The self-assembling computer chips of the future

The transistors that power the phone in your pocket are unimaginably small: you can fit more than 3,000 of them across the width of a human hair.


About the talk

The transistors that power the phone in your pocket are unimaginably small: you can fit more than 3,000 of them across the width of a human hair. But to keep up with innovations in fields like facial recognition and augmented reality, we need to pack even more computing power into our computer chips - and we're running out of space. In this forward-thinking talk, technology developer Karl Skjonnemand introduces a radically new kind of way to create chips. "This could be the dawn of a new era of molecular manufacturing," Skjonnemand says.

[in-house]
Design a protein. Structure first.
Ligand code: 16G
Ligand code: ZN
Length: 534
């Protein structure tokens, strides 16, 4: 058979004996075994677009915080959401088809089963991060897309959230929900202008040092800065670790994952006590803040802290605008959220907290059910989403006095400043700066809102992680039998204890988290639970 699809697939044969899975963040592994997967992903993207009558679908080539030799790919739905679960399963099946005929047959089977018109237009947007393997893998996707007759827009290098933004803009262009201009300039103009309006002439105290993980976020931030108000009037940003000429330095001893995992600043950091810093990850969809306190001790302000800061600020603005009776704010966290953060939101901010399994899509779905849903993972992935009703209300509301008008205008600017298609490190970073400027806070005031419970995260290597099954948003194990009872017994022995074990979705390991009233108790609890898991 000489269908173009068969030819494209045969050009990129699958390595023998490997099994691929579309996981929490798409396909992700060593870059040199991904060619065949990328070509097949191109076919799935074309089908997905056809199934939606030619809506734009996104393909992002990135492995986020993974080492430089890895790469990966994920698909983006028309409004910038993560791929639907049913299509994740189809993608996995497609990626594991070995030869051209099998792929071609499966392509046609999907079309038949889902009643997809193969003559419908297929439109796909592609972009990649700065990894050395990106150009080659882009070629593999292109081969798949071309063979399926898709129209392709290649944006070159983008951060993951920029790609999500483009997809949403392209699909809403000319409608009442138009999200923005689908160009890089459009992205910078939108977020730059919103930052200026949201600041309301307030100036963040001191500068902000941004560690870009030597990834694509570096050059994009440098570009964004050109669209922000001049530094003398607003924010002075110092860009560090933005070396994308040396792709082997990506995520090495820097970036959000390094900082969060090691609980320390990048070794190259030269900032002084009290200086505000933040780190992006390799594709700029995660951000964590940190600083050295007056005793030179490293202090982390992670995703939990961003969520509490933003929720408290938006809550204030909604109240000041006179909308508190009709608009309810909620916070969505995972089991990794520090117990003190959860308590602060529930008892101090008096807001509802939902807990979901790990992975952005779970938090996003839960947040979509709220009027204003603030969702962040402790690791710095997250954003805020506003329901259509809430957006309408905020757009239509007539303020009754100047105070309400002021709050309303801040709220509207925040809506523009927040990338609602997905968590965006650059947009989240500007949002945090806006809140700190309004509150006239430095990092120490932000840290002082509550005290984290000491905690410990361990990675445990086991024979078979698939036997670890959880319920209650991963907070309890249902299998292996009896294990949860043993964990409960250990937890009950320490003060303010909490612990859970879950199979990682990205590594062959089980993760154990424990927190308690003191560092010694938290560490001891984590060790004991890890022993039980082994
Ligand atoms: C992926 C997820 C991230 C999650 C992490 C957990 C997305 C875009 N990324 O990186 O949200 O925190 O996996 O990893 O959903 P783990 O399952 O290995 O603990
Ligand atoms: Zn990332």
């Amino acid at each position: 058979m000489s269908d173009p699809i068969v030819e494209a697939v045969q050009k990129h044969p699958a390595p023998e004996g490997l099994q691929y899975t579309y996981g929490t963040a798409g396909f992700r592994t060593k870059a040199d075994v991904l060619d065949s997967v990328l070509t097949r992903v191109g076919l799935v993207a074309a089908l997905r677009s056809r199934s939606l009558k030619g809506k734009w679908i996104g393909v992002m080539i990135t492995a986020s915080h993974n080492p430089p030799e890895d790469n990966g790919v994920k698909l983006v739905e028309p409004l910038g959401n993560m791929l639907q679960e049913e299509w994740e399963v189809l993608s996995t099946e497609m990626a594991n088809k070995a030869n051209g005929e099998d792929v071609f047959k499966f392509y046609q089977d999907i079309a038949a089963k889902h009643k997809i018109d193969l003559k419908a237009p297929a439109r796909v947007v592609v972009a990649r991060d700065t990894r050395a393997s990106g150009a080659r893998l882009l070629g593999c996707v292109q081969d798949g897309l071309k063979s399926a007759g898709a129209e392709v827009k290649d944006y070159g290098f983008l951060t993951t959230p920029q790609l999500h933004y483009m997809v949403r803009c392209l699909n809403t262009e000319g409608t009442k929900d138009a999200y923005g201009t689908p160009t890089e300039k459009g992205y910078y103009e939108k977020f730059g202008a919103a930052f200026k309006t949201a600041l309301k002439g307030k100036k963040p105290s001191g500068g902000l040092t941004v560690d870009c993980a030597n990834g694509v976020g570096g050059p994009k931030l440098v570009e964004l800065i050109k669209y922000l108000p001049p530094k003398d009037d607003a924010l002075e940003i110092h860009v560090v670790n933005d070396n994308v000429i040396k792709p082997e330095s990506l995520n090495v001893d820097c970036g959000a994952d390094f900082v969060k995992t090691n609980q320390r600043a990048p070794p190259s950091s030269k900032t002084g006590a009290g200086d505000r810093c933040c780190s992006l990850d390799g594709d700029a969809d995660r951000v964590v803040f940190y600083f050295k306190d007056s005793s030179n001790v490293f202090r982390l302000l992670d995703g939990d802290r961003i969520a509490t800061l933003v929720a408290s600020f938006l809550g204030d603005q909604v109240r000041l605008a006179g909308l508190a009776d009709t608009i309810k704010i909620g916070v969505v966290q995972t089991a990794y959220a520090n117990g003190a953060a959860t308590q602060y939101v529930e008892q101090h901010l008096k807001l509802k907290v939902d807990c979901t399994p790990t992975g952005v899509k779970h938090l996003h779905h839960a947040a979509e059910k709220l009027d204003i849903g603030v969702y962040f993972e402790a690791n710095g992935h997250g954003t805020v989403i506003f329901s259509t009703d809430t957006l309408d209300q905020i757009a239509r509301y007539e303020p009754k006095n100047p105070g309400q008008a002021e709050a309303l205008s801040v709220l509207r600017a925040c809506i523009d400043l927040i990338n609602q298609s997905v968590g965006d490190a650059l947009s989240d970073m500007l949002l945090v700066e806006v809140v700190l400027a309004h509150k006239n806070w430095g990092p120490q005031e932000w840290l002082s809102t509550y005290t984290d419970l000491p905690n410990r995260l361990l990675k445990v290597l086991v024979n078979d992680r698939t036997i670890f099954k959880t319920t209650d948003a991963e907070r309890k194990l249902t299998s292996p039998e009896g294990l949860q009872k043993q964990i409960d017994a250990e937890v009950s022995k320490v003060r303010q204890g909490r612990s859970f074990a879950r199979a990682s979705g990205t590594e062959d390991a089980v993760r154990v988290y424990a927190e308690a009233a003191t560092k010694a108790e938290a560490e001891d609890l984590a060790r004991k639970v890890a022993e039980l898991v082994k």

About the speaker

Karl Skjonnemand · Technology developer

Karl Skjonnemand has launched several new products and built new business in different industries with novel materials. He currently leads a diverse group of R&D teams working on innovative materials for semiconductor applications.

Skjonnemand grew up overseas then returned home to the UK where he studied physics followed by a PhD in molecular electronics. Since 1999, he's worked in industrial research and development in Taiwan, Japan, USA and the UK. He's a strong believer that thought diversity within R&D creates a powerhouse for innovation.

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